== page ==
A man was charged with aggravated animal cruelty after shooting a stray part German shepherd with a bow and arrow outside his office on Manufacturers Road, officials said.
"This is good because it makes it visible to the public that when we catch you, you will be prosecuted," said Karen Walsh, executive director of McKamey Animal Care and Adoption Center.
The abandoned dog was shot through the nose by Roger Beason, of Whitwell, Tenn., on Friday afternoon after he spotted the dog underneath his truck, said Diana Burroughs, a McKamey Animal Care and Adoption Center officer.
McKamey officers were able to catch the dog and take him to the hospital, but his injuries were too severe to be saved, Ms. Burroughs said.
The dog had to be euthanized Friday evening because the arrow was buried too deep, she said. It went through the top of his nose and through his esophagus.
"He wasn't a threat to anybody, he was your average white dog," she said.
Mr. Beason admitted shooting the dog to the McKamey officers after a Chattanooga Police Department officer located him and held him for questioning, Ms. Burroughs said.
"He did admit to walking up to the dog and the dog was standing still," she said. "That's when he shot him."
He told officers he walked out of his office and saw the dog lying underneath his truck, Ms. Burroughs said. The dog growled at him but then walked away.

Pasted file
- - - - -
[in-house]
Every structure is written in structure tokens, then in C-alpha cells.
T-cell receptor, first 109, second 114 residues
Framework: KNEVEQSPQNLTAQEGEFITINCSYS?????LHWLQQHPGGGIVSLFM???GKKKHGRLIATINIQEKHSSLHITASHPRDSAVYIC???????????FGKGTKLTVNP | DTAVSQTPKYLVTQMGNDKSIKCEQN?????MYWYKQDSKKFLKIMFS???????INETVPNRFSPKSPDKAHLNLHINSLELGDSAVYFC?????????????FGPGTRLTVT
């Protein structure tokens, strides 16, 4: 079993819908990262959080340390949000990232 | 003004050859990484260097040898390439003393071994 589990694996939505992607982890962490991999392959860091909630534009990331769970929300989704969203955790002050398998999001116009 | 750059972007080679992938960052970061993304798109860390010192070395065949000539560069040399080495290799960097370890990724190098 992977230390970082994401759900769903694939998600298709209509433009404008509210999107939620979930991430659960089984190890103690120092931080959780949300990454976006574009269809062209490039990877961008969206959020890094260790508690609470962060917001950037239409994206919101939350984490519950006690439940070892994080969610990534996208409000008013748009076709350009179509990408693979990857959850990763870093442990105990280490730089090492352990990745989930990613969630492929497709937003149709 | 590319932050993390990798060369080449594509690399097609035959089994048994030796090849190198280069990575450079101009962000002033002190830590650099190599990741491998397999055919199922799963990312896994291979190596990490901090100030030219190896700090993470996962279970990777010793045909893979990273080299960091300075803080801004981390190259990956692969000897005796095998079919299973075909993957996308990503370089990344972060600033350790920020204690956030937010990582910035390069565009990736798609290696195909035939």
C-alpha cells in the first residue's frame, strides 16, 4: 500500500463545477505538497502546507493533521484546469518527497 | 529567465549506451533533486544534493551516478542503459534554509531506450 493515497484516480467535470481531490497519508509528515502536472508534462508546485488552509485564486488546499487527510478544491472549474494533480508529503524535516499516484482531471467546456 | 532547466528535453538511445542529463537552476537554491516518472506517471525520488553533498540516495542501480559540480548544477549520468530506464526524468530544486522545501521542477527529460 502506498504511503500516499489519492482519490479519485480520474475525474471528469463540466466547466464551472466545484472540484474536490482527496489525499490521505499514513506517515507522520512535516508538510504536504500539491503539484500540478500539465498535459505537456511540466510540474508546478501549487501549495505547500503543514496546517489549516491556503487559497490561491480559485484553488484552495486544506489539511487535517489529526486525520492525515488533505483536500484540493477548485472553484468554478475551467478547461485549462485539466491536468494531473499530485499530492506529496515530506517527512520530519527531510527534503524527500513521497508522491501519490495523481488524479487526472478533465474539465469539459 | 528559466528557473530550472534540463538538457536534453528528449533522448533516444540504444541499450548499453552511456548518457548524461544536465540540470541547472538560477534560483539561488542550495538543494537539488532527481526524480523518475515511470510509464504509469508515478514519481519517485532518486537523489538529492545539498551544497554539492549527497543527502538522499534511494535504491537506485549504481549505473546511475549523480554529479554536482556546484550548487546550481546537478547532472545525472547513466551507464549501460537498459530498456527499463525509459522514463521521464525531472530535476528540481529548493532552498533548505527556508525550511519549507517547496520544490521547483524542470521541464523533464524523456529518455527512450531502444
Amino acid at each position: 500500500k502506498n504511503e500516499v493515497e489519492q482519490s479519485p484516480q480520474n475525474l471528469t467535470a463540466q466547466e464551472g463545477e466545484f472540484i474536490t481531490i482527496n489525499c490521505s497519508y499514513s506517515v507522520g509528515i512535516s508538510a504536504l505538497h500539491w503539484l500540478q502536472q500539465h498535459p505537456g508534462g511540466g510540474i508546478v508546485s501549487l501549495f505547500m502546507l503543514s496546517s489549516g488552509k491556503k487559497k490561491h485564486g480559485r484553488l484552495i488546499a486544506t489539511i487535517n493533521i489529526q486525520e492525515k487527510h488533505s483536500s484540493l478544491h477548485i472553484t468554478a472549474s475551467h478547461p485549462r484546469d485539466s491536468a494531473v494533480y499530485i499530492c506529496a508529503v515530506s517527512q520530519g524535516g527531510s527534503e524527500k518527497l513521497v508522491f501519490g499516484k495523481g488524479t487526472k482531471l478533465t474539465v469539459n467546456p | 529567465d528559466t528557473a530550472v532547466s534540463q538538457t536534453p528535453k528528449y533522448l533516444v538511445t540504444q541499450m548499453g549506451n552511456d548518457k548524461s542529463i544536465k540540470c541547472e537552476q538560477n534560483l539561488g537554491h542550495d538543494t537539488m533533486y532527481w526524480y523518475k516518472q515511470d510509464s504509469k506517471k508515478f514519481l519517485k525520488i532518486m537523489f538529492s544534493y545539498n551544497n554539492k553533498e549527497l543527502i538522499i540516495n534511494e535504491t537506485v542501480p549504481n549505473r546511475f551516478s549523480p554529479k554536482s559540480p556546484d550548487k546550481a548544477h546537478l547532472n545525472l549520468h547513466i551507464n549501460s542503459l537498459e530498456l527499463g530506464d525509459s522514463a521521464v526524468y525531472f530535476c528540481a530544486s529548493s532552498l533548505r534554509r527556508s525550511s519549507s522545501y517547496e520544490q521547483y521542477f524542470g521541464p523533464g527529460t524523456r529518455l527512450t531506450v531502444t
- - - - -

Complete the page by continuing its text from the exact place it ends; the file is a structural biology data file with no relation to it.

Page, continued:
In response to having a bad day, Mr. Beason told the officers he got his bow and arrow out of his truck and shot the dog, she said. He was then taken into custody, she said.
This incident had no connection to the cat who was shot by an arrow in August, she said.
Ms. Burroughs said the shelter had picked up several stray dogs in the area in the last week, and this dog was the last one.
"He was a sweet boy," she said. "He was just scared, he wasn't a threat to anybody."
Joy Lukachick is the city government reporter for the Chattanooga Times Free Press Since 2009, she's covered breaking news, high-profile trials, stories of lost lives and of regained hope and done investigative work. Raised near the Bayou, Joy’s hometown is along the outskirts of Baton Rouge, La. She has a bachelor’s degree in mass communication from Louisiana State University. While at LSU, Joy was a staff writer for the Daily Reveille. When Joy isn't chasing ...